Finding termites in your home can often come as a shock and the cost of a termite (white ant) treatment is even more so. Naturally, this can be a distressing situation. In my experience, too often clients fall back on their insurance provider only to discover they’re not covered against termite attacks.
This article offers general termite advice for our local areas of Albury, Wodonga, Rutherglen, and Corowa in Australia. Your area may differ. This article does not offer advice on home insurance. You should contact an industry specialist for insurance information.
Does Home Insurance Cover Termite Attacks?
In my experience, it’s not uncommon for clients to be caught unprepared. Many of our clients have assumed that their home insurance will cover them. That makes finding out you are not covered and facing an expensive termite treatment and building repairs particularly daunting.
However, when in doubt contact your insurer for clarification. It is always better to be informed than to be caught unaware.
Why Doesn’t Home Insurance Cover Termites?
In the 1990’s the CSIRO found that between 1 in 3 and 1 in 5 houses in Australia will experience a termite attack at some point. For this reason, if termites were covered it could result in mass payouts and the potential collapse of insurance funds. Moreover, it is why pests (like rats, mice, and other rodents) and insect infestations (including termites) aren’t covered.
Home insurance is designed to cover you for sudden, unforeseen events that are difficult to plan or budget for. Termite damage is slow and gradual and can be found relatively early if you get regular termite inspections. As such, pests and insect infestations (including termites) are considered by insurance companies to be ‘preventable‘.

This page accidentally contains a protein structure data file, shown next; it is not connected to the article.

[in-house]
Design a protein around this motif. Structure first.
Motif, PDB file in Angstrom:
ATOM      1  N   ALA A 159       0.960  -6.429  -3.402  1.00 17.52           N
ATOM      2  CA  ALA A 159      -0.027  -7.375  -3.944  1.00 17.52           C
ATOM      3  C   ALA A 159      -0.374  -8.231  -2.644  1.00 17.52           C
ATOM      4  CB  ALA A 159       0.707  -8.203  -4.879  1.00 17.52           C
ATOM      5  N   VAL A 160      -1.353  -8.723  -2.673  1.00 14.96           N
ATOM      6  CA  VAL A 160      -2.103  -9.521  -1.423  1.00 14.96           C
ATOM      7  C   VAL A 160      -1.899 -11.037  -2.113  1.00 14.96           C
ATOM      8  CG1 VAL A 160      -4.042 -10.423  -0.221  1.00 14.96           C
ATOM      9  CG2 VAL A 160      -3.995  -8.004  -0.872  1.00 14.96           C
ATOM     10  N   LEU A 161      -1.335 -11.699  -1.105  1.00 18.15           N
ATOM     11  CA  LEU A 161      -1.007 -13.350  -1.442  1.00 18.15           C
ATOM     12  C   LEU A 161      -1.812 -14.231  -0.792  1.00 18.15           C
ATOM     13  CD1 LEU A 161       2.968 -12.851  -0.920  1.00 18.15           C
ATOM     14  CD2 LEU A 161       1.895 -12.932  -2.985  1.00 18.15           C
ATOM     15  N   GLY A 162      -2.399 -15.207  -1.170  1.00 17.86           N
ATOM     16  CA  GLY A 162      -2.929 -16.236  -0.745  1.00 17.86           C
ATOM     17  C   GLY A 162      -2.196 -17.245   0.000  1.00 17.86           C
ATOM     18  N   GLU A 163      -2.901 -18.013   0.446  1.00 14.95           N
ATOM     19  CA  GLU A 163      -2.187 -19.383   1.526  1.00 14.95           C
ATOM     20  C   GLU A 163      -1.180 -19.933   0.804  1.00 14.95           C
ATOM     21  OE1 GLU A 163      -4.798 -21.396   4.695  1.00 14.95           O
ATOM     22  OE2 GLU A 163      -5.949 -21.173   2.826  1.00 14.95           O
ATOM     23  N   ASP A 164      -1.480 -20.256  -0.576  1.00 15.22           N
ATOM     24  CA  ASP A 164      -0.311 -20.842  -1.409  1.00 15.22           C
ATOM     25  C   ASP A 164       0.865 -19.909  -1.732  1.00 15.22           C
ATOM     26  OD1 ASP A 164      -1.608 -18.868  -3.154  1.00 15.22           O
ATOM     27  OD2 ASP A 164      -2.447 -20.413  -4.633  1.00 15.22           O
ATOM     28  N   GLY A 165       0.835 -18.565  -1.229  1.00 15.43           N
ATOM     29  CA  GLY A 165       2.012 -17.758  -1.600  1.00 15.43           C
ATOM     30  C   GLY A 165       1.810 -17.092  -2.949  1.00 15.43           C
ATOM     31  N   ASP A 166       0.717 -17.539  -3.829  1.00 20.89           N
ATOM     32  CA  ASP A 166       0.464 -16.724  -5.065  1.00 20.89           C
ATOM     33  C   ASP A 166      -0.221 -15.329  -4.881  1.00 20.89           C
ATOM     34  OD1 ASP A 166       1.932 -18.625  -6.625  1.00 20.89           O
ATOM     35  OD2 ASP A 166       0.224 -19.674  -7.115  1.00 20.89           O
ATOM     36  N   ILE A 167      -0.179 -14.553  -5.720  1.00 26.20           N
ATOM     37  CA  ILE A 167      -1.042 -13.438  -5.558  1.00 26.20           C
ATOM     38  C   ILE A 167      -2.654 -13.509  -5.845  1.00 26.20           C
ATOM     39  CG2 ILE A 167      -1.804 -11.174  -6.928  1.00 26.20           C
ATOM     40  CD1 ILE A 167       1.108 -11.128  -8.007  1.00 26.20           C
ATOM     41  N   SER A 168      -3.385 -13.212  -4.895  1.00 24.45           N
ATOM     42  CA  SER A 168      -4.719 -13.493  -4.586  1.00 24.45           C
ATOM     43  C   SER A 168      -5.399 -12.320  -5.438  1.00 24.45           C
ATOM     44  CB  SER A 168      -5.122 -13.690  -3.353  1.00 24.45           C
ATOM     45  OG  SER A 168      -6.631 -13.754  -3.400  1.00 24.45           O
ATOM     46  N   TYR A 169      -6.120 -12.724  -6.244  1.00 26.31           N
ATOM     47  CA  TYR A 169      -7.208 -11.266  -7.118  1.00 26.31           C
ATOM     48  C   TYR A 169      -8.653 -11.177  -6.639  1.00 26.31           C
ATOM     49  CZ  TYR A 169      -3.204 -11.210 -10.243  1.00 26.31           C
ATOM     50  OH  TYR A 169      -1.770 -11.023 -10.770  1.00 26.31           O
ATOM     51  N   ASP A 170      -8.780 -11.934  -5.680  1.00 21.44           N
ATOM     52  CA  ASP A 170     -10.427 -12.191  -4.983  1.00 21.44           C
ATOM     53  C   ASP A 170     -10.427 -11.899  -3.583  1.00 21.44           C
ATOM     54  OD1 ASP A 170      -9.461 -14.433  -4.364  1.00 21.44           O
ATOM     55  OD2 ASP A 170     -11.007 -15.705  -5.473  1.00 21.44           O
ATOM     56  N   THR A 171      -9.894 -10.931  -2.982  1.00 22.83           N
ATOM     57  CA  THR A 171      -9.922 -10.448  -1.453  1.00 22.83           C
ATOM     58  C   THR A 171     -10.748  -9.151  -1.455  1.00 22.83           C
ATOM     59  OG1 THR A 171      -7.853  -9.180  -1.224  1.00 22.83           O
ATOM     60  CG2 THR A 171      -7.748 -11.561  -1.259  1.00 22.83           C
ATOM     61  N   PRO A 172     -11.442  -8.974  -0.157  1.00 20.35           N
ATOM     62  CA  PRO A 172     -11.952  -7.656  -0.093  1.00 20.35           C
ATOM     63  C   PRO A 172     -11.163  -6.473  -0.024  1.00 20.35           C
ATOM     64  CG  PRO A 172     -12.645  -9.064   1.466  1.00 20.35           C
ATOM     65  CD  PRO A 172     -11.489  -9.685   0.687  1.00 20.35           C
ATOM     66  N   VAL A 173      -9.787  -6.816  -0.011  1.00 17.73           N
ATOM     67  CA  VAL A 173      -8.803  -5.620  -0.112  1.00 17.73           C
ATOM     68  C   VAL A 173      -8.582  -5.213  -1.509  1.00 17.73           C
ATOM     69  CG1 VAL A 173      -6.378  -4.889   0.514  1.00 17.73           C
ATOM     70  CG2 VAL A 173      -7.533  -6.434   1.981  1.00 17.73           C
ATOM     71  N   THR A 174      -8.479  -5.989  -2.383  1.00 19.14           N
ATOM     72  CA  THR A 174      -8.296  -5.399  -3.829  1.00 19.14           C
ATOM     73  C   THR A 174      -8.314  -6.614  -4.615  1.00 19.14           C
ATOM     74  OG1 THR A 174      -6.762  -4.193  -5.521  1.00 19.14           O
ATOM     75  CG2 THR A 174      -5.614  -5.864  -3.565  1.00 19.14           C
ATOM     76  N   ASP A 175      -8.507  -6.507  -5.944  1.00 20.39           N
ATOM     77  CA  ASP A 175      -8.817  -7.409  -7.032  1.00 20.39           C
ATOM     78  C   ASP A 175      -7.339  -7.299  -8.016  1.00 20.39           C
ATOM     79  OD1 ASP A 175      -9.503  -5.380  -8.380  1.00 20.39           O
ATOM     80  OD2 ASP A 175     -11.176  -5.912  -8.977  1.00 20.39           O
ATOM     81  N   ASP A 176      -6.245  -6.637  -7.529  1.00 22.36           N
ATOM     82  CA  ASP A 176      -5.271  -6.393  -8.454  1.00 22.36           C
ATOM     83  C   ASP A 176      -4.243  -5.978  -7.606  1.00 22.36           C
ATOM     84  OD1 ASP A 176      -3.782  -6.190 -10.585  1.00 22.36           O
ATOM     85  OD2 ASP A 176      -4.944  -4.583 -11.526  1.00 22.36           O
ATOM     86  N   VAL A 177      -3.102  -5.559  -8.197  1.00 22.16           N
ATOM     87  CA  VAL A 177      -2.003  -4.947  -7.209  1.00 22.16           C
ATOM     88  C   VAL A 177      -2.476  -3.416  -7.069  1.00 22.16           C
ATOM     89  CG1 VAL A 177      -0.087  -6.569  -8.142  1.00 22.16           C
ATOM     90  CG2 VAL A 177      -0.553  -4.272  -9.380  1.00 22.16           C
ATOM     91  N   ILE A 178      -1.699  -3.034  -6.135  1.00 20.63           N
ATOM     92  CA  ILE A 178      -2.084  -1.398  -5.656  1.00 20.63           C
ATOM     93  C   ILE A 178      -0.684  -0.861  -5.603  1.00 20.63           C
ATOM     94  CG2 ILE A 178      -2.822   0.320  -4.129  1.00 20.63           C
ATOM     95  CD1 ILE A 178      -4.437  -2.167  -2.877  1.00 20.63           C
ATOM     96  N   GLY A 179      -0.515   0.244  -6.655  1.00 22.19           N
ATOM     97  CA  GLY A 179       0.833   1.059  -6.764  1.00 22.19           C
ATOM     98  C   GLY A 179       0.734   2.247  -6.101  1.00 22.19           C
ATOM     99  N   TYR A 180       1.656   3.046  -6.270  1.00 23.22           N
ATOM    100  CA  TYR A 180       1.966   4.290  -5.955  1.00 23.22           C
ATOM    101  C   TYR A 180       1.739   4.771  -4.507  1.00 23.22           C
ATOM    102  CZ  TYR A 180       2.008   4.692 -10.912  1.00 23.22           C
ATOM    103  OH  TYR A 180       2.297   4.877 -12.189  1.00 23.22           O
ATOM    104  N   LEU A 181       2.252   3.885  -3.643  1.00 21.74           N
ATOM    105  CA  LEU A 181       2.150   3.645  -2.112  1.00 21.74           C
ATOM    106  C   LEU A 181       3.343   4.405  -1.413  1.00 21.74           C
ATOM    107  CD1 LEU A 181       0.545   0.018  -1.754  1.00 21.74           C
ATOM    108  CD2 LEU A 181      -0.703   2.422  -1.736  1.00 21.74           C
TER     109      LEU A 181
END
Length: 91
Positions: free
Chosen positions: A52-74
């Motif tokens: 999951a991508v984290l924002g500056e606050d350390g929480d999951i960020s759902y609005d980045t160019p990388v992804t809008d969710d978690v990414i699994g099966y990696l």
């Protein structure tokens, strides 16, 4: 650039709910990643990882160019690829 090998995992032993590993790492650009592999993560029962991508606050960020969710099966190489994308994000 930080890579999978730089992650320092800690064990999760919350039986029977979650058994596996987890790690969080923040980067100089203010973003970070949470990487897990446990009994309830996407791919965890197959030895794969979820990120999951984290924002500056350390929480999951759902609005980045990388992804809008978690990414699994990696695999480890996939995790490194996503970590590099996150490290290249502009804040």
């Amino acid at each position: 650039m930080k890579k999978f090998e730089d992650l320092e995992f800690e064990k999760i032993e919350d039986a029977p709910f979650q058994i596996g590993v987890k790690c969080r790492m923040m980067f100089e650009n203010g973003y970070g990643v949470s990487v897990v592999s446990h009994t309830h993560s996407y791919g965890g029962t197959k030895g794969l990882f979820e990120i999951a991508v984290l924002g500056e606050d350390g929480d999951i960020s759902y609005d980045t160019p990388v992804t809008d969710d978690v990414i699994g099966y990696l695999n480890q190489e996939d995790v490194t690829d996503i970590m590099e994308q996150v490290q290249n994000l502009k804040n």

Prevention is Better Than Cure
Preventing termite attacks altogether is a much cheaper way of managing your termite risk. As mentioned above, insurance companies consider termite attacks to be preventable and therefore uninsurable.
Termites can remain hidden for months (and sometimes years) behind your walls, doing extensive damage and racking up a massive repair bill while remaining unprotected. However, termites move slowly and if found early can be treated before they do too much damage.
At a minimum, you should be arranging for termite inspections every 12 months, no matter the age or condition of the property.
Too often clients with modern homes are lulled into a false sense of security. Believing that the termite management systems installed at their property during construction are ‘set and forget’. However, this couldn’t be further from the truth. Without going into too much depth, almost all termite management systems still require annual inspections by design – see the short video below for more info.
Similarly, homes constructed with a steel frame still remain vulnerable. Termites may not be able to eat the frame, but they can still damage your joinery and timber flooring.
For homes without a current termite management system in place (this can be assessed during a termite inspection), you should arrange to have a preventative termite treatment (termite management system) done to lower your risk.
Is There Any Way to Insure My Home Against Termites?
Unfortunately, there’s no way to include termites in your home insurance coverage. As explained above it simply isn’t economically viable for insurance companies to offer a product to insure against termites.
However, most pest control companies offer warranties on their termite management systems or termite treatments. This is about as close as you can get to ‘termite insurance’.
In some cases, your pest controller may even cover the cost of building repairs if termites attack your house when you’re under their warranty.
A good pest controller will explain what their warranty covers, and if there are any challenges that affect the warranty. You will need to follow your pest controller’s instructions to reduce risk as well.